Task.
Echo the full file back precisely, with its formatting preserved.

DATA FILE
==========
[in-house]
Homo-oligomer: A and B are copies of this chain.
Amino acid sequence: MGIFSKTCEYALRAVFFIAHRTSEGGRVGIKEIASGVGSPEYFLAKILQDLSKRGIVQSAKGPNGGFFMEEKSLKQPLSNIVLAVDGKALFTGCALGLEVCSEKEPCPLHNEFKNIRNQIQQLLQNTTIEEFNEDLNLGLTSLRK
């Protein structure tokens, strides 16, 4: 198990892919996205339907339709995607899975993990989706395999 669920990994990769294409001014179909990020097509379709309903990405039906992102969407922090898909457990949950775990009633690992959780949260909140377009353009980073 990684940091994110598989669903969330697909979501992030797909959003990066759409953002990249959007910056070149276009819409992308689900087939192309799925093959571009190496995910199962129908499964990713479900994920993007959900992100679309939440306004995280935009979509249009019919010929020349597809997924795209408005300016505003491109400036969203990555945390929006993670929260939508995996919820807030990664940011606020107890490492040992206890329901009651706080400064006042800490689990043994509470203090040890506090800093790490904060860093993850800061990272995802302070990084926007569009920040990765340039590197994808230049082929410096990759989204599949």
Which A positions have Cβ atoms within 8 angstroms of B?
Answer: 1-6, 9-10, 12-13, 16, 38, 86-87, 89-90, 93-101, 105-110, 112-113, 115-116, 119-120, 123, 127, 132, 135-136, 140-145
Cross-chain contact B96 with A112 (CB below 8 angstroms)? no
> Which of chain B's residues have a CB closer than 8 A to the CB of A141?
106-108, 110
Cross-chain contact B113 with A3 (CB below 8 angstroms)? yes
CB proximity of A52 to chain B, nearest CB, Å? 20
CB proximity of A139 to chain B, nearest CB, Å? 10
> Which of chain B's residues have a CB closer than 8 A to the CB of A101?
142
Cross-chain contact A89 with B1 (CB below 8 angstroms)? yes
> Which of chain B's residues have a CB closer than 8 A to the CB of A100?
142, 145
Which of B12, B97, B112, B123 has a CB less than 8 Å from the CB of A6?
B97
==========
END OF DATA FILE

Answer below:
[in-house]
Homo-oligomer: A and B are copies of this chain.
Amino acid sequence: MGIFSKTCEYALRAVFFIAHRTSEGGRVGIKEIASGVGSPEYFLAKILQDLSKRGIVQSAKGPNGGFFMEEKSLKQPLSNIVLAVDGKALFTGCALGLEVCSEKEPCPLHNEFKNIRNQIQQLLQNTTIEEFNEDLNLGLTSLRK
């Protein structure tokens, strides 16, 4: 198990892919996205339907339709995607899975993990989706395999 669920990994990769294409001014179909990020097509379709309903990405039906992102969407922090898909457990949950775990009633690992959780949260909140377009353009980073 990684940091994110598989669903969330697909979501992030797909959003990066759409953002990249959007910056070149276009819409992308689900087939192309799925093959571009190496995910199962129908499964990713479900994920993007959900992100679309939440306004995280935009979509249009019919010929020349597809997924795209408005300016505003491109400036969203990555945390929006993670929260939508995996919820807030990664940011606020107890490492040992206890329901009651706080400064006042800490689990043994509470203090040890506090800093790490904060860093993850800061990272995802302070990084926007569009920040990765340039590197994808230049082929410096990759989204599949």
Which A positions have Cβ atoms within 8 angstroms of B?
Answer: 1-6, 9-10, 12-13, 16, 38, 86-87, 89-90, 93-101, 105-110, 112-113, 115-116, 119-120, 123, 127, 132, 135-136, 140-145
Cross-chain contact B96 with A112 (CB below 8 angstroms)? no
> Which of chain B's residues have a CB closer than 8 A to the CB of A141?
106-108, 110
Cross-chain contact B113 with A3 (CB below 8 angstroms)? yes
CB proximity of A52 to chain B, nearest CB, Å? 20
CB proximity of A139 to chain B, nearest CB, Å? 10
> Which of chain B's residues have a CB closer than 8 A to the CB of A101?
142
Cross-chain contact A89 with B1 (CB below 8 angstroms)? yes
> Which of chain B's residues have a CB closer than 8 A to the CB of A100?
142, 145
Which of B12, B97, B112, B123 has a CB less than 8 Å from the CB of A6?
B97